#### WBahn

Joined Mar 31, 2012
25,765
Apologies. I did have a little look at that, it's the table layout which is confusing me, I'm not really sure what I'm actually looking for, it seems the layout is weird and unseen.

The X for the truthtable would just be a letter, such as F or G? It doesn't make sense to me, I was hoping someone could tell me what I'm looking for or what the answer is and why it's that, sorry for the confusion.
I don't know what you mean by "weird and unseen", could you expand on that a bit?

In your problem, yes, X is just the output variable, so you are looking for a Boolean expression of the form

X(A,B,C) = ....

Which simply means that X is a function of the inputs A, B, and C.

#### Joeaz123

Joined Nov 19, 2016
6
I don't know what you mean by "weird and unseen", could you expand on that a bit?

In your problem, yes, X is just the output variable, so you are looking for a Boolean expression of the form

X(A,B,C) = ....

Which simply means that X is a function of the inputs A, B, and C.
That's what I first thought, I second guessed myself he wanted if ABC and if that was true or false, the only gates I've seen are from the few sessions I've had, I thought it was odd he would just want any random variable, but I understand now. I'm sorry about all this confusion, I really appreciate you taking the time to help me understand it better.

So writing this would be; (A,B,C) = D

Would this work? I'm basically just writing the equation for a variable I don't know it's value in a sense? I'm more or less saying A, or, B or C = X?

#### WBahn

Joined Mar 31, 2012
25,765
That's what I first thought, I second guessed myself he wanted if ABC and if that was true or false, the only gates I've seen are from the few sessions I've had, I thought it was odd he would just want any random variable, but I understand now. I'm sorry about all this confusion, I really appreciate you taking the time to help me understand it better.

So writing this would be; (A,B,C) = D

Would this work? I'm basically just writing the equation for a variable I don't know it's value in a sense? I'm more or less saying A, or, B or C = X?
No. There is no D. Where are you getting this D from?

In a truth table, each row represents the required output for one particular combination of input values.

For instance, in your problem the first row says that when A=0, B=0, and C=0 that the output should be zero, or X=0. The second row says that when A=0, B=0, and C=1 that the output should be 1, or X=1.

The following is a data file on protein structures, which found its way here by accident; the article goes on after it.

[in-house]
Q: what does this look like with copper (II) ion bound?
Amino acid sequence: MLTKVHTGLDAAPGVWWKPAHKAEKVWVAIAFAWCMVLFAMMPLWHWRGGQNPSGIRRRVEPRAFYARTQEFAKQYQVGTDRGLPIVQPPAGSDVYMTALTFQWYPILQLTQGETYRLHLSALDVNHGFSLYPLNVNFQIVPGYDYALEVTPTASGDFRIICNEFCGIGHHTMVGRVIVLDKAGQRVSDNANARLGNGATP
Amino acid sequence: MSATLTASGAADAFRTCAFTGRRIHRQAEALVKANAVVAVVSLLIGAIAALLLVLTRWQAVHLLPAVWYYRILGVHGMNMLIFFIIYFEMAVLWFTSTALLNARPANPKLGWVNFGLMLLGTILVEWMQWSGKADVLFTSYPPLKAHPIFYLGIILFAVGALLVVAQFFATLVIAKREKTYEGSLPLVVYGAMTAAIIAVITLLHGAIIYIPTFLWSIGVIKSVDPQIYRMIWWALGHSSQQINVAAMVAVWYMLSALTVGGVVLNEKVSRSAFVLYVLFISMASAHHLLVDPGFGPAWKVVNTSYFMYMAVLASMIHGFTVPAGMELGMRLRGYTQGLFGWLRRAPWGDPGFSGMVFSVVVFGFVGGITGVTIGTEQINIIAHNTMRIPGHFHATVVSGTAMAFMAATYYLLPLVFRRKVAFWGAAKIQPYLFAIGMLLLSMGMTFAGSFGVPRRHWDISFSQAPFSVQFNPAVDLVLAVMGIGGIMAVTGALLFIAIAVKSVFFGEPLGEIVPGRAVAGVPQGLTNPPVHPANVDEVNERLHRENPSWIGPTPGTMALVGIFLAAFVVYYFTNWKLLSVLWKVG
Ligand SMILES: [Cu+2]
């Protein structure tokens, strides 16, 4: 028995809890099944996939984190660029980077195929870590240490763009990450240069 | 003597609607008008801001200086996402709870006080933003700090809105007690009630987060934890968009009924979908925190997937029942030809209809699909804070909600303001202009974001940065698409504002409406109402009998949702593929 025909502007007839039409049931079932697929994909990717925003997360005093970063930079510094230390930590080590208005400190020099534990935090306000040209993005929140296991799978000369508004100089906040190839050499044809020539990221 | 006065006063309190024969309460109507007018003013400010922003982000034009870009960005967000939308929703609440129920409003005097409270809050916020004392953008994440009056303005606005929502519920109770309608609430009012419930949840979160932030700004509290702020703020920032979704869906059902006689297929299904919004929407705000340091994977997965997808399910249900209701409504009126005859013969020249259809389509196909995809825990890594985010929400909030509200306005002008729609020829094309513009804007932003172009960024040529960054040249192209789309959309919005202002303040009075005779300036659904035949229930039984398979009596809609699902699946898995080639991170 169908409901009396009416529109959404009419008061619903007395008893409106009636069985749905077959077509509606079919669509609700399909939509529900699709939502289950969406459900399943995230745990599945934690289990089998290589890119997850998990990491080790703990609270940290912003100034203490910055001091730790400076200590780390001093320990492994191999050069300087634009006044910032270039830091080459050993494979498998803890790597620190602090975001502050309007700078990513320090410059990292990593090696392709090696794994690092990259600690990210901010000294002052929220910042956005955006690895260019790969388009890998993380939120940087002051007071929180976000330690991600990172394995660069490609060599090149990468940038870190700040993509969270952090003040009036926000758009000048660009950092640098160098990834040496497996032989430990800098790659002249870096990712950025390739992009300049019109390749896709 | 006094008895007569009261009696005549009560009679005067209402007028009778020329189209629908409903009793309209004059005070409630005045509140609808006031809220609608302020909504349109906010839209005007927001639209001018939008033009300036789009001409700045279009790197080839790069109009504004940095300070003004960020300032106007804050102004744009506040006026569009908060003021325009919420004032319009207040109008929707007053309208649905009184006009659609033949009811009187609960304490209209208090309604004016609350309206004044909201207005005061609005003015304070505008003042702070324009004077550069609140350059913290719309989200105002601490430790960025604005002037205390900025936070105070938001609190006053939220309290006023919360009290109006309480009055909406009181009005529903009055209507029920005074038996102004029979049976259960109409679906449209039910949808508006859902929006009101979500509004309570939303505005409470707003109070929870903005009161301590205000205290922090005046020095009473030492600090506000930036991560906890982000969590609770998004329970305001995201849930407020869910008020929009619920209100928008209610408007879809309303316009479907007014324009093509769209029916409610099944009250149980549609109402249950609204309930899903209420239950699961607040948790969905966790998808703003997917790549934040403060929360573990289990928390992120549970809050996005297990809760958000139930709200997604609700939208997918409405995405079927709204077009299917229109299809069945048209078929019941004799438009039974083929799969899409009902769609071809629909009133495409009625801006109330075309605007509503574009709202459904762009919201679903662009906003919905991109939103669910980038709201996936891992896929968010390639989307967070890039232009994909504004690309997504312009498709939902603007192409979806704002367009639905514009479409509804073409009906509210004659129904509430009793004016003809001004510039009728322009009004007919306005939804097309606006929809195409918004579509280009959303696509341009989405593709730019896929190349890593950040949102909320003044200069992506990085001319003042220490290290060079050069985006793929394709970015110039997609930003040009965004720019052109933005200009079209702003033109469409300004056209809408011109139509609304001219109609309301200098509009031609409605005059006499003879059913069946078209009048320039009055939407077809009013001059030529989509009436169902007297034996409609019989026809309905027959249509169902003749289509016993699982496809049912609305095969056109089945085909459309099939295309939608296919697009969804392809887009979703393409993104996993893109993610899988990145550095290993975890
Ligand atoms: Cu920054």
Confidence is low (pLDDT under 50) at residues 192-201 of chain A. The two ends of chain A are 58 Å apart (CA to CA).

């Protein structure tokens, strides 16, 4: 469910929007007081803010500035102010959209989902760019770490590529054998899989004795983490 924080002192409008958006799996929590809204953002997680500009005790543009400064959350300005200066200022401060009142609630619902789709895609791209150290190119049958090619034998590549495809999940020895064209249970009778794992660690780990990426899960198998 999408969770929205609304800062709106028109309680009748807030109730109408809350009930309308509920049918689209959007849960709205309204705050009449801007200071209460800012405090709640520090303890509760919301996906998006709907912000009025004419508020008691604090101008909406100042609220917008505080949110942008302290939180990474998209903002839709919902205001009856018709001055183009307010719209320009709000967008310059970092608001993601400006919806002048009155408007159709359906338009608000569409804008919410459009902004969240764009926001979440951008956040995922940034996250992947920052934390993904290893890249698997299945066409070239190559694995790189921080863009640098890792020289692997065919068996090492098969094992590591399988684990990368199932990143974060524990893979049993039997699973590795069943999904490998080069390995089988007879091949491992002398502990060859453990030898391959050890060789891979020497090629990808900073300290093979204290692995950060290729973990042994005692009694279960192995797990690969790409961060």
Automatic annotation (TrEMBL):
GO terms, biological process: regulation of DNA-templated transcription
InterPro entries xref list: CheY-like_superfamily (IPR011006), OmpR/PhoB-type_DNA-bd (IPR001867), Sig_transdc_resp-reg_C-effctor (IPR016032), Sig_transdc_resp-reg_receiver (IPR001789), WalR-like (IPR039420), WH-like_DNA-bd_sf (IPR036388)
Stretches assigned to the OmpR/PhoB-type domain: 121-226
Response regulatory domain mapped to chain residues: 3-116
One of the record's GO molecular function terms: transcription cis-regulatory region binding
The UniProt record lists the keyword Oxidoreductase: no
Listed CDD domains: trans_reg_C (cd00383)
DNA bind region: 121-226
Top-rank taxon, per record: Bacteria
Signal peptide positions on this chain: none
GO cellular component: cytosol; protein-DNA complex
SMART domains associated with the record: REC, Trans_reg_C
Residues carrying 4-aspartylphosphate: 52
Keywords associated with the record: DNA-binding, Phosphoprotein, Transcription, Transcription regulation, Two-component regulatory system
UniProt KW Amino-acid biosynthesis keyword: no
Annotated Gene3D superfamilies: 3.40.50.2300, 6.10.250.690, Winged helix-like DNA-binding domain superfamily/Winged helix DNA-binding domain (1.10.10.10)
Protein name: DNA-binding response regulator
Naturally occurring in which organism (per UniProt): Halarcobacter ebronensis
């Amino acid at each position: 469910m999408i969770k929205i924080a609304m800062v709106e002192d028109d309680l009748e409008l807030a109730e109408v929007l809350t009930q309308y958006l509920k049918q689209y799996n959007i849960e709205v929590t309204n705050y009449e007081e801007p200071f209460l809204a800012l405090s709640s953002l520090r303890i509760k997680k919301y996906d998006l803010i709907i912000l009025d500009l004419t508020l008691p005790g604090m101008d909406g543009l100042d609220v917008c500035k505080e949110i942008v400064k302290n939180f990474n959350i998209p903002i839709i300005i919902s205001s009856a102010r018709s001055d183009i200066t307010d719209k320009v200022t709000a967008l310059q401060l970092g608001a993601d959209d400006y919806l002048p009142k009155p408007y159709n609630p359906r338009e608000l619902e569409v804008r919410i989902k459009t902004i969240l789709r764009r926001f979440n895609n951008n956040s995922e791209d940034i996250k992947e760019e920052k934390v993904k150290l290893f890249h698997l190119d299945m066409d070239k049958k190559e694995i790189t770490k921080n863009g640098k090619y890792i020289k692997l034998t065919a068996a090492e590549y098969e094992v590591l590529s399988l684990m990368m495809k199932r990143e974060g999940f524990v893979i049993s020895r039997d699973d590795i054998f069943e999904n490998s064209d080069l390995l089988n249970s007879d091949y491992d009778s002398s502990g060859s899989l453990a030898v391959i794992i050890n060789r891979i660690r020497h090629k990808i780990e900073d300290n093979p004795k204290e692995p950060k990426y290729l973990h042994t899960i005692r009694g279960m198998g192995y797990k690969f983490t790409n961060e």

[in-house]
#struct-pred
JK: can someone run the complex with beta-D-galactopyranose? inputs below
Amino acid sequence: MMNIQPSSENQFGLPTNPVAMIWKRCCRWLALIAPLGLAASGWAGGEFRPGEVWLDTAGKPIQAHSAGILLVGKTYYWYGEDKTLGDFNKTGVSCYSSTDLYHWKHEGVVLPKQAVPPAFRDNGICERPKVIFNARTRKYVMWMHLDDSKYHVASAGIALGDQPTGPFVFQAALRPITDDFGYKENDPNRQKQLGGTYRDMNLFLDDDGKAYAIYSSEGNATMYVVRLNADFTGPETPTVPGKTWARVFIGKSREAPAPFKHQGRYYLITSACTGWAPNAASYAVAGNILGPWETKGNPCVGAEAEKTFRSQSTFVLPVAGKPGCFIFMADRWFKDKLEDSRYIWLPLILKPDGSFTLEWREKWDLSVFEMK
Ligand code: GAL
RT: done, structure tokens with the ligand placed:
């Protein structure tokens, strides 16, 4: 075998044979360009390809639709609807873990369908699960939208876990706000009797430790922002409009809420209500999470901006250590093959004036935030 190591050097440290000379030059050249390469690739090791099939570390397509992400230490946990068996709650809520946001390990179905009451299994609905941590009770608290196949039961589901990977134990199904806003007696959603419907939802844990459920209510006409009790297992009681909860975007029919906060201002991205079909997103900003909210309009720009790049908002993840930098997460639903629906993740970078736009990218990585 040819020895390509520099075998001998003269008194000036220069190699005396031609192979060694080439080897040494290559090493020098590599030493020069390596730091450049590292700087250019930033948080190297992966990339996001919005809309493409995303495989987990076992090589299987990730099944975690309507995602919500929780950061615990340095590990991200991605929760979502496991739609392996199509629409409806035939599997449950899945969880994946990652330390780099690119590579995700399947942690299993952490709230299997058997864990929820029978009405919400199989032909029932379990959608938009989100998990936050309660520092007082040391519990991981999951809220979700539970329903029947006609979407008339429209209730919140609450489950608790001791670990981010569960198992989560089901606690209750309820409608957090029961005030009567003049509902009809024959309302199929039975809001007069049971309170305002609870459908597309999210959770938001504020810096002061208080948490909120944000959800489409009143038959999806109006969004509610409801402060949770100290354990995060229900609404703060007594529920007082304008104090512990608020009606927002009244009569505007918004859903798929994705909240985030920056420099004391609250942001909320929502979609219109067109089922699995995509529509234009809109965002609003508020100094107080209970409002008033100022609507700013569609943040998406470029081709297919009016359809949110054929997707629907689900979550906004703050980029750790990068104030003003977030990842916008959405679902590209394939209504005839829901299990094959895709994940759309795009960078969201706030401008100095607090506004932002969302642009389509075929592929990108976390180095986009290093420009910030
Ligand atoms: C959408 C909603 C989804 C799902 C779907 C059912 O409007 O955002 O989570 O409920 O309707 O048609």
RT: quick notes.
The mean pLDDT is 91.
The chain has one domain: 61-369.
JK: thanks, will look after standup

#### Joeaz123

Joined Nov 19, 2016
6
No. There is no D. Where are you getting this D from?

In a truth table, each row represents the required output for one particular combination of input values.

For instance, in your problem the first row says that when A=0, B=0, and C=0 that the output should be zero, or X=0. The second row says that when A=0, B=0, and C=1 that the output should be 1, or X=1.
I follow what you mean and get the inputs, but I still don't know how to answer what X is, is the answer (A,B,C) = X or X(A,B,C) = or am I just sending you around in circles now? If I am just say, I can ask my professor and sit down with him if I still haven't got it

#### WBahn

Joined Mar 31, 2012
25,765
Step back to how functions were expression in plain old algebra.

We might have say

y = f(x)

meaning that the value of the variable y is a function of the variable x. If you tell me what the value of x is, then I can tell you the value of y.

So three equivalent equations would be

y = 3x + 5

y(x) = 3x + 5

f(x) = 3x + 5

The only difference between y and y(x) is that we are explicitly showing what the independent variable is in the latter while we are requiring the reader to look over the equation in the former.

The same applies here. We have a variable X whose value depends on three variable, A, B, and C. So we can say

X = .... (some Boolean equation that contains A, B, and C)

or

X(A, B, C) = .... (some Boolean equation that contains A, B, and C)

Now look at your truth table. There are three rows that specify combinations of A, B, and C for which the value of X is supposed to be 1. So

X = 1 when the first such row applies OR the second such row applies OR the third such row applies.

The first such row applies when A=0 AND B=0 AND C=1.

Don't make it harder than it is!